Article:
What the Consumer Duty paper means for paraplanners

6 August 2022

Eleanor Palmer, paraplanning technical consultant, Quilter PCA, looks at how the Regulator’s latest major policy statement affects the day-to-day work of paraplanners, with three recommendations for best practice.

The new FCA Consumer Duty paper will no doubt leave an indelible mark on the whole of the financial advice sector. Platforms, investment houses and financial advisers will need to make changes to the way they work to ensure they comply with the new regulations.

However, it’s easy to forget how these types of regulatory change impact paraplanners and other support staff. They too will need to show how good customer outcomes are being created, and given they are often deep in data and reporting it will be crucial they have effective processes in place.

There are several key points from the Consumer Duty that intersect with what any good paraplanner should be aiming for already and thus shouldn’t be too difficult to implement:

  • Putting clients’ needs first, and focusing on the client outcome
  • Avoiding presenting information in a way that is misleading or difficult to understand
  • Avoiding causing foreseeable harm
  • Considering needs, characteristics and objectives of customers (including characteristics of vulnerability), although everyone has a duty here.

Below are three tangible recommendations for best practice for implementing the new rules.

Check recommendations

A good starting point for paraplanners to help ensure that these outcomes and rules are adhered to is simply sense checking recommendations. By this, I mean focusing very clearly on ensuring that the client is getting the right outcome. This may involve exploring what is being recommended and checking how it meets the client’s needs. Just as importantly, paraplanners should ask themselves whether the recommendation represents fair value (i.e. is the cost of the product and service proportionate to the overall benefit the consumer will receive).

The FCA wants consumers to be sold products and services that are designed to meet their needs, characteristics and objectives. Paraplanners can be seen as the “first line of defence” in terms of risk to the business and its clients. If you don’t think a recommendation is in a client’s best interests, talk to the adviser. Obtain further information, clarify anything you’re unsure of – and challenge the recommendation, if you still think it doesn’t stack up.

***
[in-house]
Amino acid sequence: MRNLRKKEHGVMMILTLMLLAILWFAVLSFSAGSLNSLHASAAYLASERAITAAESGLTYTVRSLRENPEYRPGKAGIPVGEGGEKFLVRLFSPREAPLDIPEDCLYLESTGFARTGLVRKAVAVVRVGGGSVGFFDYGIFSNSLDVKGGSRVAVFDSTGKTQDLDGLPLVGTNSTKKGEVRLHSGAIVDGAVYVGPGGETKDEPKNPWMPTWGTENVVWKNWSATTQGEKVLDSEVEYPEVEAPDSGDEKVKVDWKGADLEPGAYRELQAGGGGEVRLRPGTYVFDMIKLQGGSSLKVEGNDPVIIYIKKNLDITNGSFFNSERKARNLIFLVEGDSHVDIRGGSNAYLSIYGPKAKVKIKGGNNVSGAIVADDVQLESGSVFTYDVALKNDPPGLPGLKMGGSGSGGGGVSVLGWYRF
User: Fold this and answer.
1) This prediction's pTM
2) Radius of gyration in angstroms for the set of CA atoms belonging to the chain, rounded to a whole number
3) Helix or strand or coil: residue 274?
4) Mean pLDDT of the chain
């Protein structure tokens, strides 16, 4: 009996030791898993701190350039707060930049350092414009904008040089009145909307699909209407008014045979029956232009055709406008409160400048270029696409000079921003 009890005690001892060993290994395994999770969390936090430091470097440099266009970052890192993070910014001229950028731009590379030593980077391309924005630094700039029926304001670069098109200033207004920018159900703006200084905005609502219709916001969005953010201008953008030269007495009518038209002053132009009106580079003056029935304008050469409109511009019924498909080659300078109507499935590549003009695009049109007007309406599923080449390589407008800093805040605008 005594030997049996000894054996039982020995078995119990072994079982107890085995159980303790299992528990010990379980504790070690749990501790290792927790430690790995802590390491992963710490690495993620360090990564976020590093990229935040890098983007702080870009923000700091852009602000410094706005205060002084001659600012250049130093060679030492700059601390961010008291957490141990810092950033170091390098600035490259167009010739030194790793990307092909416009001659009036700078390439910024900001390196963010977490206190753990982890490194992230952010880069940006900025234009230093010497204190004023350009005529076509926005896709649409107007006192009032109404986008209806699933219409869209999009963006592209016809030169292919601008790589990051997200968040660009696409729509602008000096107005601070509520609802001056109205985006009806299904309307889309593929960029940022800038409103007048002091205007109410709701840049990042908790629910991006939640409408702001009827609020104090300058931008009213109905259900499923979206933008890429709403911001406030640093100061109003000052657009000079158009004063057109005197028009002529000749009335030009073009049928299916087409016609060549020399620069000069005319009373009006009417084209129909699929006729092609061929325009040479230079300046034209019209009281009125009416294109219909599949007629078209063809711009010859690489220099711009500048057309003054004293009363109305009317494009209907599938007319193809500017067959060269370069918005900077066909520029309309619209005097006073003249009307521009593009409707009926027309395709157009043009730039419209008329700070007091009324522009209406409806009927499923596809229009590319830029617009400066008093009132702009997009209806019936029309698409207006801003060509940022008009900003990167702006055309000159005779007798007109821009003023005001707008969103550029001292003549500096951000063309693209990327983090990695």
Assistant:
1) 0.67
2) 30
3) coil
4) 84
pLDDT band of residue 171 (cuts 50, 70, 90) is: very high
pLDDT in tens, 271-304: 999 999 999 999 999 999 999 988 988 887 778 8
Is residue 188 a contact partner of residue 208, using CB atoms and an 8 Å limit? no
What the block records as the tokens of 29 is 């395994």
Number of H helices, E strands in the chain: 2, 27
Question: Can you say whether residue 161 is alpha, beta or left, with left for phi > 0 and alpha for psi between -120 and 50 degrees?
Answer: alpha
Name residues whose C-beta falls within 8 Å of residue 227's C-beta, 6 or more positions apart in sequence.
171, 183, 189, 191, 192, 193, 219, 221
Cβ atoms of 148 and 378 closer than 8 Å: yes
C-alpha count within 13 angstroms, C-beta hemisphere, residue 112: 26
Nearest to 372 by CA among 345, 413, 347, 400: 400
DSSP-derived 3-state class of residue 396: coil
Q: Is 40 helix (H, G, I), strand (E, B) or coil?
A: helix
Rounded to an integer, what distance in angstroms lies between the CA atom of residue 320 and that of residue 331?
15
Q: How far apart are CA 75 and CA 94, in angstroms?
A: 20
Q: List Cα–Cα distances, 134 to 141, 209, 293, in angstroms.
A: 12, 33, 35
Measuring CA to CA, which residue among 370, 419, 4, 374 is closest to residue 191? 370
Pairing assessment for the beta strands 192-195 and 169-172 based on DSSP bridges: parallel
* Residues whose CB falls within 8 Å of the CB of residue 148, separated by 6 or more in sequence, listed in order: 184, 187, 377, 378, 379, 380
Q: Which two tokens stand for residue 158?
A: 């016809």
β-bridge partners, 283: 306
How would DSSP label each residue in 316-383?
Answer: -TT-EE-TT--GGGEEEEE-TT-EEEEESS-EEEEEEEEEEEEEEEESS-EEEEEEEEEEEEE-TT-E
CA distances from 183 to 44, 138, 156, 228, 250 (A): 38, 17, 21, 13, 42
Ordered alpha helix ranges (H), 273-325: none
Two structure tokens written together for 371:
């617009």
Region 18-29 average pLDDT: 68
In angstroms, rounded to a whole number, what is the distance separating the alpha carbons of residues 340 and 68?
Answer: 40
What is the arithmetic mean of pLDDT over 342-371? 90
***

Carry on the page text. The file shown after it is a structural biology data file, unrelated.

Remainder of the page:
The FCA rules describe acting in good faith as a “standard of conduct characterised by honesty, fair and open dealing, and acting consistently with the reasonable expectations of retail customers”. Aim for this in everything you do.

Use plain English

One of the major areas that paraplanners can help ensure the Consumer Duty is adhered to is by presenting information in a way that is straightforward and easy to understand. This might be as simple as using plain English and avoiding jargon. Anything client facing should be succinct and straightforward. Put yourself in your clients’ shoes – would you want to read the report you’ve just written? If not, why not? Interrogate your own writing.

Don’t forget to simplify and edit template wording

This focus on plain English should also be applied to template wording. Make sure you read suitability report templates as you’re writing. Don’t include template text that doesn’t apply to the client. Actively pay attention to the document as you’re working through it. The FCA’s rules and guidance on foreseeable harm doesn’t mean that firms can hide behind “ineffective disclosure” to say their customers had accepted a product or service’s inherent risks.

Well-written, client-friendly communications can go a long way to ensuring consumers are equipped with the right information to make informed decisions about their products and services. This includes suitability reports, as well as any other contact you may have with a client (either verbal or written).

The Consumer Duty changes will have a far-reaching impact and will be of consequence to all retail financial firms. What is exactly required will become clearer as the 160-page document is further digested over the coming weeks. However, for now, these three recommendations should help those in the support service and paraplanning community to start to implement some of the rules.

Professional Paraplanner